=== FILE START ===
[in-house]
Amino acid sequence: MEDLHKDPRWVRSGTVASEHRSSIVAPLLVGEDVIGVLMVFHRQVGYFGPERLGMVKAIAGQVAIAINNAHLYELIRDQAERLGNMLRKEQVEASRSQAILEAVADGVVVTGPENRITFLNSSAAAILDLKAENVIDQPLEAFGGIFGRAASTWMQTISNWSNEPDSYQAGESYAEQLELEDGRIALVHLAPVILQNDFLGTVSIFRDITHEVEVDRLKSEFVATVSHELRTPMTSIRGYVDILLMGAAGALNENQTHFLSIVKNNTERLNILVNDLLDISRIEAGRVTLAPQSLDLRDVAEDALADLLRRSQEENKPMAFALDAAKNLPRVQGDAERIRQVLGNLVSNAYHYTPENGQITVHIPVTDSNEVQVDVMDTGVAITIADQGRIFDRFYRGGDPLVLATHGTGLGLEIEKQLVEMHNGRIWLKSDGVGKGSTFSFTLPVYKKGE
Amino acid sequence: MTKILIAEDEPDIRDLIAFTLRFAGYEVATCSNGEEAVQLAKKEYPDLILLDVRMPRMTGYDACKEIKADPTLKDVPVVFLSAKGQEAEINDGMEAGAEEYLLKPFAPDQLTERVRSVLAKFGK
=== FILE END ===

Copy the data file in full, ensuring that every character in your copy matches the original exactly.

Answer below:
[in-house]
Amino acid sequence: MEDLHKDPRWVRSGTVASEHRSSIVAPLLVGEDVIGVLMVFHRQVGYFGPERLGMVKAIAGQVAIAINNAHLYELIRDQAERLGNMLRKEQVEASRSQAILEAVADGVVVTGPENRITFLNSSAAAILDLKAENVIDQPLEAFGGIFGRAASTWMQTISNWSNEPDSYQAGESYAEQLELEDGRIALVHLAPVILQNDFLGTVSIFRDITHEVEVDRLKSEFVATVSHELRTPMTSIRGYVDILLMGAAGALNENQTHFLSIVKNNTERLNILVNDLLDISRIEAGRVTLAPQSLDLRDVAEDALADLLRRSQEENKPMAFALDAAKNLPRVQGDAERIRQVLGNLVSNAYHYTPENGQITVHIPVTDSNEVQVDVMDTGVAITIADQGRIFDRFYRGGDPLVLATHGTGLGLEIEKQLVEMHNGRIWLKSDGVGKGSTFSFTLPVYKKGE
Amino acid sequence: MTKILIAEDEPDIRDLIAFTLRFAGYEVATCSNGEEAVQLAKKEYPDLILLDVRMPRMTGYDACKEIKADPTLKDVPVVFLSAKGQEAEINDGMEAGAEEYLLKPFAPDQLTERVRSVLAKFGK